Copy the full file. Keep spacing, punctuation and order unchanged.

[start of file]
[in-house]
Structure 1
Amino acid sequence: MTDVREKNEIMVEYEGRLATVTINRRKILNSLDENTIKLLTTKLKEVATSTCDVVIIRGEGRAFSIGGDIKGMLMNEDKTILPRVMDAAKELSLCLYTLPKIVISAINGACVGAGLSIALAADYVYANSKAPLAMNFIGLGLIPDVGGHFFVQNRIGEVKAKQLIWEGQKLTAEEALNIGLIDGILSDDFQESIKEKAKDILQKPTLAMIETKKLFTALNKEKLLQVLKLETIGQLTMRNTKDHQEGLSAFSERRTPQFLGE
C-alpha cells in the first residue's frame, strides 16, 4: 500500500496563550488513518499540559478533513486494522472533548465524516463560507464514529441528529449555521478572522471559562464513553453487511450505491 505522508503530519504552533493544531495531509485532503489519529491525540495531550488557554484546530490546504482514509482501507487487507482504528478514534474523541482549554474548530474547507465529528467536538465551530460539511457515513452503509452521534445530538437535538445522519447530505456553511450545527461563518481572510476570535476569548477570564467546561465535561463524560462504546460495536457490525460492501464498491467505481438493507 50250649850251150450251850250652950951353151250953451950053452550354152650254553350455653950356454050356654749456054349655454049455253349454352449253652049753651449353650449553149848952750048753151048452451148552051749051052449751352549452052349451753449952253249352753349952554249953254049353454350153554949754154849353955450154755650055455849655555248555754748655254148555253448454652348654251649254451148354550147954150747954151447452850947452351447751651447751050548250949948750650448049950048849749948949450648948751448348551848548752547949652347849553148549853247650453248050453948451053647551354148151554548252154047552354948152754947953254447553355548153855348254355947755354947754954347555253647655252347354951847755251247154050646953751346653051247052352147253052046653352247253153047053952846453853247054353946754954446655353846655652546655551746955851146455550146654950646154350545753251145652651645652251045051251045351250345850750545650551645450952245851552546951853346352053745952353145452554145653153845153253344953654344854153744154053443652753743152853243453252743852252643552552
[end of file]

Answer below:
[in-house]
Structure 1
Amino acid sequence: MTDVREKNEIMVEYEGRLATVTINRRKILNSLDENTIKLLTTKLKEVATSTCDVVIIRGEGRAFSIGGDIKGMLMNEDKTILPRVMDAAKELSLCLYTLPKIVISAINGACVGAGLSIALAADYVYANSKAPLAMNFIGLGLIPDVGGHFFVQNRIGEVKAKQLIWEGQKLTAEEALNIGLIDGILSDDFQESIKEKAKDILQKPTLAMIETKKLFTALNKEKLLQVLKLETIGQLTMRNTKDHQEGLSAFSERRTPQFLGE
C-alpha cells in the first residue's frame, strides 16, 4: 500500500496563550488513518499540559478533513486494522472533548465524516463560507464514529441528529449555521478572522471559562464513553453487511450505491 505522508503530519504552533493544531495531509485532503489519529491525540495531550488557554484546530490546504482514509482501507487487507482504528478514534474523541482549554474548530474547507465529528467536538465551530460539511457515513452503509452521534445530538437535538445522519447530505456553511450545527461563518481572510476570535476569548477570564467546561465535561463524560462504546460495536457490525460492501464498491467505481438493507 50250649850251150450251850250652950951353151250953451950053452550354152650254553350455653950356454050356654749456054349655454049455253349454352449253652049753651449353650449553149848952750048753151048452451148552051749051052449751352549452052349451753449952253249352753349952554249953254049353454350153554949754154849353955450154755650055455849655555248555754748655254148555253448454652348654251649254451148354550147954150747954151447452850947452351447751651447751050548250949948750650448049950048849749948949450648948751448348551848548752547949652347849553148549853247650453248050453948451053647551354148151554548252154047552354948152754947953254447553355548153855348254355947755354947754954347555253647655252347354951847755251247154050646953751346653051247052352147253052046653352247253153047053952846453853247054353946754954446655353846655652546655551746955851146455550146654950646154350545753251145652651645652251045051251045351250345850750545650551645450952245851552546951853346352053745952353145452554145653153845153253344953654344854153744154053443652753743152853243453252743852252643552552